What is WWOOFing?

As of today, I have been “WWOOFing” for a week. And since I don’t have too much to say about what we did today (you can read about my obsession with chickens tomorrow), I thought I would talk a bit about what exactly we are doing these first two weeks in Germany.

WWOOF stands for World Wide Opportunities on Organic Farms. It was started in the UK back in 1971 and has grown significantly since then. “WWOOF” can be used as a verb – WWOOFing, the act of working on one of these farms – or as a noun – WWOOFer, someone who WWOOFs. These opportunities are available all over the world on every continent (except Antarctica…bummer). Get some ideas for where you could go here!

The basic premise of WWOOFing is that the traveler works on an organic farm in exchange for food and lodging from their hosts. And of course, learn about whichever facets of organic farming the farmers embrace. Every farm will have something different to offer.

In the past week at the farm where we are working, we have harvested vegetables, weeded and dug sections of the garden, fed chickens, cooked, washed windows, and made schnapps. We have also learned a lot about eating local in this region of Germany. Our hosts are even going to take us grocery shopping later this week to teach us how to find high quality foods here. I really appreciate how much they value local and organic foods, and that they are passing that on to us. I just wish we could buy eggs like their from the grocery store!

What is WOOFing

One of the chickens on the farm we are at

Why WWOOFing?

Everyone will have their own motivations for wanting to WWOOF. Some may be interested in learning more about organic and local foods. Some may want to try their hand at small-scale organic farming. Some may be looking for a home stay during their travels in order to learn about the culture first hand. Some may simply be looking for free food and bed while they are traveling.

Our reasons combine a little bit of all of the above. We would love to work on an organic farm like the one we are one for our whole time in Germany. Not having to pay for food or rent would be amazing. But also, organic farming is something that has always greatly interested me. Food quality and sustainability are incredibly important to me, and I plan on having my own small organic farm some day. I certainly couldn’t turn down the chance to work on such a farm! Finally, once we found out that it would not be sustainable for us to work on the farm while going to school (in a different town, too!), we still looked forward to the chance to get advice and learn from our hosts about German culture and living here. William also appreciates the chance to practice his German before school starts.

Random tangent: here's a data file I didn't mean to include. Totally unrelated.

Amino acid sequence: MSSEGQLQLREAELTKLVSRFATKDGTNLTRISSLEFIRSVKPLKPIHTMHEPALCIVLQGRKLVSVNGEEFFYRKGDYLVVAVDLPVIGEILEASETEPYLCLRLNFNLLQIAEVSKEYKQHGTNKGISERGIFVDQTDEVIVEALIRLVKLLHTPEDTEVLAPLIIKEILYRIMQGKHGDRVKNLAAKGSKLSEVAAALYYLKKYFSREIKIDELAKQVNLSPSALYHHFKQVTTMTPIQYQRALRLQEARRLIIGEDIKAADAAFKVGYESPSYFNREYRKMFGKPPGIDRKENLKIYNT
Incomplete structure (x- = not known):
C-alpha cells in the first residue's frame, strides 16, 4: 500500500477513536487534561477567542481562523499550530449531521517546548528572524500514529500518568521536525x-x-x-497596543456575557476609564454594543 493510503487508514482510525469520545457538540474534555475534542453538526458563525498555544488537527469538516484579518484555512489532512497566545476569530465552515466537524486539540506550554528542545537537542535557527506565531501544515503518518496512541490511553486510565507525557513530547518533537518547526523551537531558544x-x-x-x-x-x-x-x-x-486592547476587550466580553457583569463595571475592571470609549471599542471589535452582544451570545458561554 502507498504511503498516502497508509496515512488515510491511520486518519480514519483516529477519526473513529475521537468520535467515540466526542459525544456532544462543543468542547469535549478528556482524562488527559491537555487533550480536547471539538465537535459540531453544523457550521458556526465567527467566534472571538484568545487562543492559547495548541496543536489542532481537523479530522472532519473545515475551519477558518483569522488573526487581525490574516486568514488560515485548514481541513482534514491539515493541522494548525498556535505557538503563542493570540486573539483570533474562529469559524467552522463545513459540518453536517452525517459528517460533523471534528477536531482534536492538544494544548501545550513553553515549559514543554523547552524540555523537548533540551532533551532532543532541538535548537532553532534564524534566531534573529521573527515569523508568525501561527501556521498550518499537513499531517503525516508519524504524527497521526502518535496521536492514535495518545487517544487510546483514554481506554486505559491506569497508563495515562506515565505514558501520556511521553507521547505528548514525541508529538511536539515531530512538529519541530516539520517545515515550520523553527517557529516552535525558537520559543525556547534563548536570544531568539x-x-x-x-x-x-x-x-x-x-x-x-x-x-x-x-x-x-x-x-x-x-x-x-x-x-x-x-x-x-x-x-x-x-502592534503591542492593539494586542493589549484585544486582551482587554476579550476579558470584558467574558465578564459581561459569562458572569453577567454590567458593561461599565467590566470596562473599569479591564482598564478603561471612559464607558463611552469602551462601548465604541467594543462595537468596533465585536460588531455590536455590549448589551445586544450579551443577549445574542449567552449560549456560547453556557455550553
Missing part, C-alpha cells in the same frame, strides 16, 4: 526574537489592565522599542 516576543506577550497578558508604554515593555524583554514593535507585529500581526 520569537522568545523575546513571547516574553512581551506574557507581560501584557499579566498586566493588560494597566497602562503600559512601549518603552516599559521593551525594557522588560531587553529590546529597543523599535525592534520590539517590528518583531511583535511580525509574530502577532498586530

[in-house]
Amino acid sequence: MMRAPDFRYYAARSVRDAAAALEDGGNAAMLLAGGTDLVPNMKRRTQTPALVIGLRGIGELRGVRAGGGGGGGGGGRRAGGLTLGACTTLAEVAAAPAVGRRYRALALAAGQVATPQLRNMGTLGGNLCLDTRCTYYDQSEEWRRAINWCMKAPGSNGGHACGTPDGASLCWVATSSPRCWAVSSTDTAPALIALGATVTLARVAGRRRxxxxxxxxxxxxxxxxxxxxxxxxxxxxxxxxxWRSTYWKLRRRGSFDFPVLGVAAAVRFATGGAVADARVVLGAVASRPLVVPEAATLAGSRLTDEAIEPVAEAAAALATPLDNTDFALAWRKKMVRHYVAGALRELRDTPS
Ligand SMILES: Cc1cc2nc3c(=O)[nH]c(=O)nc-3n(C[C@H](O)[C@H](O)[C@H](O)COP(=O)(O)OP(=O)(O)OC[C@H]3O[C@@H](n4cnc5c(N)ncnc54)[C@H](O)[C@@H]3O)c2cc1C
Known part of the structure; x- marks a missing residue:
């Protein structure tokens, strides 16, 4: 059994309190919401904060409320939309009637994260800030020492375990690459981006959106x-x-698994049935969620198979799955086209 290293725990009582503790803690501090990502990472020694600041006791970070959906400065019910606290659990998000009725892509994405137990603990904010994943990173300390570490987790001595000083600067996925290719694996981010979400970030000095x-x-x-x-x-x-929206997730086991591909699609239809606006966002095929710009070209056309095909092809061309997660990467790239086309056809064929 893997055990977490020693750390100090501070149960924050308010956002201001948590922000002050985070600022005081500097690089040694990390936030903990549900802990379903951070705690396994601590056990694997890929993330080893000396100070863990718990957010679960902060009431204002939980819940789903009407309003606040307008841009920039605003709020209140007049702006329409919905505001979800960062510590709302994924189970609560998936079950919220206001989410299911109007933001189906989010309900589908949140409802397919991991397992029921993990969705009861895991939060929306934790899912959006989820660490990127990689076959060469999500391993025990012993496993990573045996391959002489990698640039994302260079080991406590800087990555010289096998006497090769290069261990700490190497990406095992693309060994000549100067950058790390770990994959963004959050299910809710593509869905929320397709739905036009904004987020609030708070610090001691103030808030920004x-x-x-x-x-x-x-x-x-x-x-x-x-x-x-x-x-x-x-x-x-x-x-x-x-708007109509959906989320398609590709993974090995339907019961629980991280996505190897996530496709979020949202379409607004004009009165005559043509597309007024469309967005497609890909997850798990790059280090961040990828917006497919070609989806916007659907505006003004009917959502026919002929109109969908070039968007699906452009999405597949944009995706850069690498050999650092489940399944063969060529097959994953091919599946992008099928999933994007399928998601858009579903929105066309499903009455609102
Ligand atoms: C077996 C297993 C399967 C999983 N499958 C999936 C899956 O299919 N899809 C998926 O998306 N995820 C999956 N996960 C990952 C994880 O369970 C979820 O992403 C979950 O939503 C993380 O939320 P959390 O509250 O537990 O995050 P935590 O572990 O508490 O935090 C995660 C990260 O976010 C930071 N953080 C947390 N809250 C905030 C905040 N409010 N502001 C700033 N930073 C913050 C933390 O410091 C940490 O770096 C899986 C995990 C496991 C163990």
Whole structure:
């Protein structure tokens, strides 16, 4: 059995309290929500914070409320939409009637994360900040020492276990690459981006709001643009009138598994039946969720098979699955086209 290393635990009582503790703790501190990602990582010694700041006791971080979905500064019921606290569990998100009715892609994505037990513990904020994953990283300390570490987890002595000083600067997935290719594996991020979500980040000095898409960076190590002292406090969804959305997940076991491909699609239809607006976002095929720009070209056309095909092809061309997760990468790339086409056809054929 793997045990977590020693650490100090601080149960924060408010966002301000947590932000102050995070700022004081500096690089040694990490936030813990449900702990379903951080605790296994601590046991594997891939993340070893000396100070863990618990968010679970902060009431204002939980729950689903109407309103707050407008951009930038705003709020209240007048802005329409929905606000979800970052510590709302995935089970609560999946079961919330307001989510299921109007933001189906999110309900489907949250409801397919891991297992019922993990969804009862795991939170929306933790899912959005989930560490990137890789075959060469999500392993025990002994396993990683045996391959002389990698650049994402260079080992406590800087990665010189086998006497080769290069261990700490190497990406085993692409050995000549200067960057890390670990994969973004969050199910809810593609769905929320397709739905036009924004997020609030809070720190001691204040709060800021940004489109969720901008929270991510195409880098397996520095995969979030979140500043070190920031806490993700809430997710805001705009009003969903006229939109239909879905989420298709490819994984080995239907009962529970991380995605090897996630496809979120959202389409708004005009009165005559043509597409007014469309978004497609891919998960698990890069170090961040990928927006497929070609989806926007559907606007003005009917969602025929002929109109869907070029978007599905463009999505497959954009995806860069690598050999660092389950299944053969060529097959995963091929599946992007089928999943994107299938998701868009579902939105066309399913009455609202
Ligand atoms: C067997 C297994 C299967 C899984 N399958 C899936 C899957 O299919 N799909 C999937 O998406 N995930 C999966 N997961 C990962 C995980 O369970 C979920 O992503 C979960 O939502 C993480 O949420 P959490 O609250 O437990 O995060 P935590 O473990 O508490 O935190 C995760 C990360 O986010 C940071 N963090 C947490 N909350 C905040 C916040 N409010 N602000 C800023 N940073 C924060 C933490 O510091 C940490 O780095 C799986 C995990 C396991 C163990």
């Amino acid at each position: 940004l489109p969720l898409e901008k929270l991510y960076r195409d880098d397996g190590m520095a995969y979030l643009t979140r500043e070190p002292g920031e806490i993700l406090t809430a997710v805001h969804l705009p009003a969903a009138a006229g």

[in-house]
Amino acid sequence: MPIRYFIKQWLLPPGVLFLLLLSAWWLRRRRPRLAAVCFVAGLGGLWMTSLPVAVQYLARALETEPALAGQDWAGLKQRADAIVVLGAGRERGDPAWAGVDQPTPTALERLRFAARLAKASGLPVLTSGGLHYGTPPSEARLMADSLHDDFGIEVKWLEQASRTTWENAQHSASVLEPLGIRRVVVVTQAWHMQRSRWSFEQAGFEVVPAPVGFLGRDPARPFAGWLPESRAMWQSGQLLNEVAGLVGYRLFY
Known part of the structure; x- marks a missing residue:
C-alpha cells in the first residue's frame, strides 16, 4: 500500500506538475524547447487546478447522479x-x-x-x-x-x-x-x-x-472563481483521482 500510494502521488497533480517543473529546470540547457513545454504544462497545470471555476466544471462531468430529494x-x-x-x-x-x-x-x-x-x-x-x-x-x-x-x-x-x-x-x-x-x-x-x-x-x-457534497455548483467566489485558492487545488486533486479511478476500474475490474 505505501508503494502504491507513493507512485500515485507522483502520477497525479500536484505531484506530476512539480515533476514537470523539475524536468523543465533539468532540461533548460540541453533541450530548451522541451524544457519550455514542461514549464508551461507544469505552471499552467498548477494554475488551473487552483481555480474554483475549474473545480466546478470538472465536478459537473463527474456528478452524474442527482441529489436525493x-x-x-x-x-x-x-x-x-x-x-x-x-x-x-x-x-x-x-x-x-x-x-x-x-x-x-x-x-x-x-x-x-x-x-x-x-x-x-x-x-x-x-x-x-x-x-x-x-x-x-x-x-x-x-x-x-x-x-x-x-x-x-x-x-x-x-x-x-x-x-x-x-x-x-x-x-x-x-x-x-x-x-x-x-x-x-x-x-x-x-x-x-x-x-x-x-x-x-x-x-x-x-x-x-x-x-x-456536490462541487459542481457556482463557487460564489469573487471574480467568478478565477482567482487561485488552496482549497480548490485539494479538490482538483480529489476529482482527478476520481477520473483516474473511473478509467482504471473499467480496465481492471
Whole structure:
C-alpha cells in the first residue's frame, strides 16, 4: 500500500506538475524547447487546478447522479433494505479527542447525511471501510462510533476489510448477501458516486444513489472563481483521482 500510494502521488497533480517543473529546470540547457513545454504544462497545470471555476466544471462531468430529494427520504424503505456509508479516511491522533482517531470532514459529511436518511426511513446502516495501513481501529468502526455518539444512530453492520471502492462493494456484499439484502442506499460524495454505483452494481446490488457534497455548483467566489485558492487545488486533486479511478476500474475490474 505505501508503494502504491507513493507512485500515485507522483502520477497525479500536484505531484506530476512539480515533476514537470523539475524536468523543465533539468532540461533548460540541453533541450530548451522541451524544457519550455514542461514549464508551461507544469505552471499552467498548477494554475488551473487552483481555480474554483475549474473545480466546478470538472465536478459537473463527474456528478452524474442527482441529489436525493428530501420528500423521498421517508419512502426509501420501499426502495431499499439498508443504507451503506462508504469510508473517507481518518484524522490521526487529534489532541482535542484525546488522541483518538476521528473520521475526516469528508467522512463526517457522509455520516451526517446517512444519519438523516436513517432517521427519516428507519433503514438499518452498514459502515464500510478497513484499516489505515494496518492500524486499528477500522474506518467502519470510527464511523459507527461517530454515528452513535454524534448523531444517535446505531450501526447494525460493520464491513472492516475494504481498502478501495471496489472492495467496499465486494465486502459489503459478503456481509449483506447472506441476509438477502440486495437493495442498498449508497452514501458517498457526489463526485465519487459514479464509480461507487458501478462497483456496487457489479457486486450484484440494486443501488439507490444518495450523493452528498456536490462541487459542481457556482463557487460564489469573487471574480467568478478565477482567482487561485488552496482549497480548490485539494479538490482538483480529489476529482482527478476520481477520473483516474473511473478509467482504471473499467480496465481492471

Our farm requires us to work 6 hours a day, 5-6 days a week, as well as help with the cooking and/or cleaning of eat meal that we eat. This leaves evenings to explore the local area, and weekends for longer excursions. Or for us, to rest and figure out what we are doing with our new lives in Germany! Each farm will have different requests, but you should be prepared to work hard and get dirty.

All in all, WWOOFing is a great experience. It is incredible satisfying and a wonderful learning experience. And you will likely get to teach your hosts a few things, too! Even if it is as simple as teaching them the word “rag,” like I did today.

Note that “organic” does not mean certified by any governing body. Here is what WWOOF Deutschland says about their organic farms:

WWOOF hosts should follow the International Federation of Organic Agriculture Movements (IFOAM) organic principles as listed below, but need not be registered with a certificating organization.

  • The Principle of Health: organic agriculture should sustain and enhance the health of soil, plant, animal human and planet as one and indivisible
  • The Principle of Ecology: organic agriculture should be based on living ecological systems and cycles, work with them, emulate them and help sustain them
  • The Principle of Fairness: organic agriculture should build on relationships that ensure fairness with regard to the common environment and life opportunities
  • The Principle of Care: organic agriculture should be managed in a precautionary and responsible manner to protect the health and well-being of current and future generations and the environment
What is WWOOFing

The garden we have been working in

Getting Started with WWOOFing

The first step to WWOOFing is to pick which country (or countries) you wish to go to and visit their specific WWOOFing website (you can find links to these here) and look for farms. For example, we went to the WWOOF Deutschland site and found that there were two farms very close to Kaufbeuren. Most sites will let you search by region, what languages they speak, diet, if they allow pets or children, how long you can stay, etc. Most sites will let you search for free, but will require a paid membership to get the contact information of the farms.

There is another WWOOFer on our farm for the same period of time that we are here. She said that she chose to WWOOF in Germany because of the countries that she was considering, they had the best website. This is certainly something to consider – the more information offered from the organization and the farm itself the better.

Once you find a few farms that you like, all that is left is to contact them, get more information, and start planning your new adventure.

If you have ever done WWOOFing before, I would love to hear about your experience! Or if you have any questions, I would be happy to answer them.


1 Comment

  1. Ann

    Thank you for this explanation! People keep asking me how you found this farm and now I can refer them to your blog. I love reading about your adventures!


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